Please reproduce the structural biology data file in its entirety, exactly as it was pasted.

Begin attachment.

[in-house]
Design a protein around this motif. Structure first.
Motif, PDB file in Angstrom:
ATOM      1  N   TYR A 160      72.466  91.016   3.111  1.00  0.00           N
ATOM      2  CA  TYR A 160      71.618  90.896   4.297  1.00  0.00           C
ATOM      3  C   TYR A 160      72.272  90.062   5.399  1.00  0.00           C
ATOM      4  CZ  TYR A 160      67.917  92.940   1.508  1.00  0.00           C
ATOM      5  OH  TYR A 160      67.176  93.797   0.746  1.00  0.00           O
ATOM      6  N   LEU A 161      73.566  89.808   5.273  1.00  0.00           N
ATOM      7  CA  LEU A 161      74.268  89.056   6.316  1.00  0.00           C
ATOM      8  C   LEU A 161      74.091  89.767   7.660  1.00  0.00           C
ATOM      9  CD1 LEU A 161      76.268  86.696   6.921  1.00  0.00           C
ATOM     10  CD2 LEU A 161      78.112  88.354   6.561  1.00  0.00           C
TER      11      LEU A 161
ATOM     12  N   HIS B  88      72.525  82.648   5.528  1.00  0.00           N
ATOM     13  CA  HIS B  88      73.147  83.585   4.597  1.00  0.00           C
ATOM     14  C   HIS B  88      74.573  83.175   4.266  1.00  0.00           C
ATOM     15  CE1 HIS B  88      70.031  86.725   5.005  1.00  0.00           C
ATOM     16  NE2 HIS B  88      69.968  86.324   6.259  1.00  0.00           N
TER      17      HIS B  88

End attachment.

[in-house]
Design a protein around this motif. Structure first.
Motif, PDB file in Angstrom:
ATOM      1  N   TYR A 160      72.466  91.016   3.111  1.00  0.00           N
ATOM      2  CA  TYR A 160      71.618  90.896   4.297  1.00  0.00           C
ATOM      3  C   TYR A 160      72.272  90.062   5.399  1.00  0.00           C
ATOM      4  CZ  TYR A 160      67.917  92.940   1.508  1.00  0.00           C
ATOM      5  OH  TYR A 160      67.176  93.797   0.746  1.00  0.00           O
ATOM      6  N   LEU A 161      73.566  89.808   5.273  1.00  0.00           N
ATOM      7  CA  LEU A 161      74.268  89.056   6.316  1.00  0.00           C
ATOM      8  C   LEU A 161      74.091  89.767   7.660  1.00  0.00           C
ATOM      9  CD1 LEU A 161      76.268  86.696   6.921  1.00  0.00           C
ATOM     10  CD2 LEU A 161      78.112  88.354   6.561  1.00  0.00           C
TER      11      LEU A 161
ATOM     12  N   HIS B  88      72.525  82.648   5.528  1.00  0.00           N
ATOM     13  CA  HIS B  88      73.147  83.585   4.597  1.00  0.00           C
ATOM     14  C   HIS B  88      74.573  83.175   4.266  1.00  0.00           C
ATOM     15  CE1 HIS B  88      70.031  86.725   5.005  1.00  0.00           C
ATOM     16  NE2 HIS B  88      69.968  86.324   6.259  1.00  0.00           N
TER      17      HIS B  88